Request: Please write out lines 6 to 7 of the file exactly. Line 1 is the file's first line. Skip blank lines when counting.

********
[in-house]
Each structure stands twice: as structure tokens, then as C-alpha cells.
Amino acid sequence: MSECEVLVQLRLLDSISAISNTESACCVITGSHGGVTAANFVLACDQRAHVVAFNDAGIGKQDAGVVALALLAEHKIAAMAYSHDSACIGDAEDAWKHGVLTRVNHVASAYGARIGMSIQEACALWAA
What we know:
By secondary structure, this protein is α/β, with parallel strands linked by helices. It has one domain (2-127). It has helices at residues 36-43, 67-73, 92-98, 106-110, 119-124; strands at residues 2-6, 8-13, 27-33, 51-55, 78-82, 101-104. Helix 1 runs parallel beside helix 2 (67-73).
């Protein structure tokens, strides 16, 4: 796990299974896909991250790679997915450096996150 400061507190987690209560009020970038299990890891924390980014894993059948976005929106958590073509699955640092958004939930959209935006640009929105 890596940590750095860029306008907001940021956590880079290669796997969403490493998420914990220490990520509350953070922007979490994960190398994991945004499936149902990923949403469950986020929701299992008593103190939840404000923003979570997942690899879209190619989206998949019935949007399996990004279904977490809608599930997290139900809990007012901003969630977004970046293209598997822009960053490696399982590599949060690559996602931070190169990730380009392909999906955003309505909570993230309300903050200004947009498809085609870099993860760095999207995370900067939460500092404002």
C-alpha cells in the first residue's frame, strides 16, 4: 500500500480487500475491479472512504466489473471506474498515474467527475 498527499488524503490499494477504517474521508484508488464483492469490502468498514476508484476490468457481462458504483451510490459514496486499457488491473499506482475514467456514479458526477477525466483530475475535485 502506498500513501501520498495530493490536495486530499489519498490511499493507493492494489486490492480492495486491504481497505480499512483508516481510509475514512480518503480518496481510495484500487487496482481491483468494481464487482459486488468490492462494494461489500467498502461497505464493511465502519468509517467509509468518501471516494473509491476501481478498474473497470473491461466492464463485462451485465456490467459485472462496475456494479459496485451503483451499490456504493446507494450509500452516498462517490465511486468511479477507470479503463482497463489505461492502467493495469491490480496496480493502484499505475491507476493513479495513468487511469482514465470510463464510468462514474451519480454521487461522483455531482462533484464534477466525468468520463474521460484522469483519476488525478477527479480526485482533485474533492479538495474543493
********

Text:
């Protein structure tokens, strides 16, 4: 796990299974896909991250790679997915450096996150 400061507190987690209560009020970038299990890891924390980014894993059948976005929106958590073509699955640092958004939930959209935006640009929105 890596940590750095860029306008907001940021956590880079290669796997969403490493998420914990220490990520509350953070922007979490994960190398994991945004499936149902990923949403469950986020929701299992008593103190939840404000923003979570997942690899879209190619989206998949019935949007399996990004279904977490809608599930997290139900809990007012901003969630977004970046293209598997822009960053490696399982590599949060690559996602931070190169990730380009392909999906955003309505909570993230309300903050200004947009498809085609870099993860760095999207995370900067939460500092404002």
C-alpha cells in the first residue's frame, strides 16, 4: 500500500480487500475491479472512504466489473471506474498515474467527475 498527499488524503490499494477504517474521508484508488464483492469490502468498514476508484476490468457481462458504483451510490459514496486499457488491473499506482475514467456514479458526477477525466483530475475535485 502506498500513501501520498495530493490536495486530499489519498490511499493507493492494489486490492480492495486491504481497505480499512483508516481510509475514512480518503480518496481510495484500487487496482481491483468494481464487482459486488468490492462494494461489500467498502461497505464493511465502519468509517467509509468518501471516494473509491476501481478498474473497470473491461466492464463485462451485465456490467459485472462496475456494479459496485451503483451499490456504493446507494450509500452516498462517490465511486468511479477507470479503463482497463489505461492502467493495469491490480496496480493502484499505475491507476493513479495513468487511469482514465470510463464510468462514474451519480454521487461522483455531482462533484464534477466525468468520463474521460484522469483519476488525478477527479480526485482533485474533492479538495474543493